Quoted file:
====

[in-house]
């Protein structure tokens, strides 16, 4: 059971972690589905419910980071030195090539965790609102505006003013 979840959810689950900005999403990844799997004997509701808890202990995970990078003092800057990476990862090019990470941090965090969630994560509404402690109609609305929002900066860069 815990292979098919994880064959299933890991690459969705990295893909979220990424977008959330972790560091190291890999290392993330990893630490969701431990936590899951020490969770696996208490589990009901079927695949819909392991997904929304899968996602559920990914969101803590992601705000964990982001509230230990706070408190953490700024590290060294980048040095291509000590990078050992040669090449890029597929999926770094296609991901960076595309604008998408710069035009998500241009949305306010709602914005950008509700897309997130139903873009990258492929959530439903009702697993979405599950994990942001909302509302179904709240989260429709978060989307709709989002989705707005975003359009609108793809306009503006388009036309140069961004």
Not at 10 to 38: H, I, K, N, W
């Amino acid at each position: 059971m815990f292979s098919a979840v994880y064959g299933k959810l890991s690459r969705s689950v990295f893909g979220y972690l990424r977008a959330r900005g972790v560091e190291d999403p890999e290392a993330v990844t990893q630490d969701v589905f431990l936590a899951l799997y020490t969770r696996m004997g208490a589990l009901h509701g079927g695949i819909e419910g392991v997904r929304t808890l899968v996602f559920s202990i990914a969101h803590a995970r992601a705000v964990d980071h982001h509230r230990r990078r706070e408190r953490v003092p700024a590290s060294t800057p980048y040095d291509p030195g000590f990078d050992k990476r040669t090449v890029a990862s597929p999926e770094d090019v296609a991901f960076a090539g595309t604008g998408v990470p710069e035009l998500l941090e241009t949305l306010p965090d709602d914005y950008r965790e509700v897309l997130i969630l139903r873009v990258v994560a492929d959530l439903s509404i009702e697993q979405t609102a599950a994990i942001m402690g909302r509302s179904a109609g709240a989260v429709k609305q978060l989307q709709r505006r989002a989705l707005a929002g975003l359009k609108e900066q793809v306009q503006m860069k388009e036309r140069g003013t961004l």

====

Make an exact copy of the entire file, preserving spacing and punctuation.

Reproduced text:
[in-house]
């Protein structure tokens, strides 16, 4: 059971972690589905419910980071030195090539965790609102505006003013 979840959810689950900005999403990844799997004997509701808890202990995970990078003092800057990476990862090019990470941090965090969630994560509404402690109609609305929002900066860069 815990292979098919994880064959299933890991690459969705990295893909979220990424977008959330972790560091190291890999290392993330990893630490969701431990936590899951020490969770696996208490589990009901079927695949819909392991997904929304899968996602559920990914969101803590992601705000964990982001509230230990706070408190953490700024590290060294980048040095291509000590990078050992040669090449890029597929999926770094296609991901960076595309604008998408710069035009998500241009949305306010709602914005950008509700897309997130139903873009990258492929959530439903009702697993979405599950994990942001909302509302179904709240989260429709978060989307709709989002989705707005975003359009609108793809306009503006388009036309140069961004």
Not at 10 to 38: H, I, K, N, W
């Amino acid at each position: 059971m815990f292979s098919a979840v994880y064959g299933k959810l890991s690459r969705s689950v990295f893909g979220y972690l990424r977008a959330r900005g972790v560091e190291d999403p890999e290392a993330v990844t990893q630490d969701v589905f431990l936590a899951l799997y020490t969770r696996m004997g208490a589990l009901h509701g079927g695949i819909e419910g392991v997904r929304t808890l899968v996602f559920s202990i990914a969101h803590a995970r992601a705000v964990d980071h982001h509230r230990r990078r706070e408190r953490v003092p700024a590290s060294t800057p980048y040095d291509p030195g000590f990078d050992k990476r040669t090449v890029a990862s597929p999926e770094d090019v296609a991901f960076a090539g595309t604008g998408v990470p710069e035009l998500l941090e241009t949305l306010p965090d709602d914005y950008r965790e509700v897309l997130i969630l139903r873009v990258v994560a492929d959530l439903s509404i009702e697993q979405t609102a599950a994990i942001m402690g909302r509302s179904a109609g709240a989260v429709k609305q978060l989307q709709r505006r989002a989705l707005a929002g975003l359009k609108e900066q793809v306009q503006m860069k388009e036309r140069g003013t961004l």